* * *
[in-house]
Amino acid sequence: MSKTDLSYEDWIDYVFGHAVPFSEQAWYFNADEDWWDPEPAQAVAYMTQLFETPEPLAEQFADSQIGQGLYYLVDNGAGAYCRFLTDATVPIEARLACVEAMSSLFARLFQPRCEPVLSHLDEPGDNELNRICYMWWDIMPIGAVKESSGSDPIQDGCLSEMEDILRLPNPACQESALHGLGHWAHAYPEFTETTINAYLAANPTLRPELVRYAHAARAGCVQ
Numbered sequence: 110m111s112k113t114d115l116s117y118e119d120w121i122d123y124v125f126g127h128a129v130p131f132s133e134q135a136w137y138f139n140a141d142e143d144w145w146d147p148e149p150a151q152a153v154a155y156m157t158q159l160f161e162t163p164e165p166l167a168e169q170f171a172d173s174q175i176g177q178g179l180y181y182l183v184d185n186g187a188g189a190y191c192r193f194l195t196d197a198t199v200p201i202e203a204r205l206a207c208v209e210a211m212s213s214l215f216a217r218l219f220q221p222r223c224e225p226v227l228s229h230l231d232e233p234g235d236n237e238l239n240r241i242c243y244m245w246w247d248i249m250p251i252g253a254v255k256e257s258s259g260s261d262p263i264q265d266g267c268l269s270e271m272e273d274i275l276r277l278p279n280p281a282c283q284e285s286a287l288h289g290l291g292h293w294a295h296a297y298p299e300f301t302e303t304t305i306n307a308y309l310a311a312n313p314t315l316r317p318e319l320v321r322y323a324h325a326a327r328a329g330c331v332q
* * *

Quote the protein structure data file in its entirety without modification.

[in-house]
Amino acid sequence: MSKTDLSYEDWIDYVFGHAVPFSEQAWYFNADEDWWDPEPAQAVAYMTQLFETPEPLAEQFADSQIGQGLYYLVDNGAGAYCRFLTDATVPIEARLACVEAMSSLFARLFQPRCEPVLSHLDEPGDNELNRICYMWWDIMPIGAVKESSGSDPIQDGCLSEMEDILRLPNPACQESALHGLGHWAHAYPEFTETTINAYLAANPTLRPELVRYAHAARAGCVQ
Numbered sequence: 110m111s112k113t114d115l116s117y118e119d120w121i122d123y124v125f126g127h128a129v130p131f132s133e134q135a136w137y138f139n140a141d142e143d144w145w146d147p148e149p150a151q152a153v154a155y156m157t158q159l160f161e162t163p164e165p166l167a168e169q170f171a172d173s174q175i176g177q178g179l180y181y182l183v184d185n186g187a188g189a190y191c192r193f194l195t196d197a198t199v200p201i202e203a204r205l206a207c208v209e210a211m212s213s214l215f216a217r218l219f220q221p222r223c224e225p226v227l228s229h230l231d232e233p234g235d236n237e238l239n240r241i242c243y244m245w246w247d248i249m250p251i252g253a254v255k256e257s258s259g260s261d262p263i264q265d266g267c268l269s270e271m272e273d274i275l276r277l278p279n280p281a282c283q284e285s286a287l288h289g290l291g292h293w294a295h296a297y298p299e300f301t302e303t304t305i306n307a308y309l310a311a312n313p314t315l316r317p318e319l320v321r322y323a324h325a326a327r328a329g330c331v332q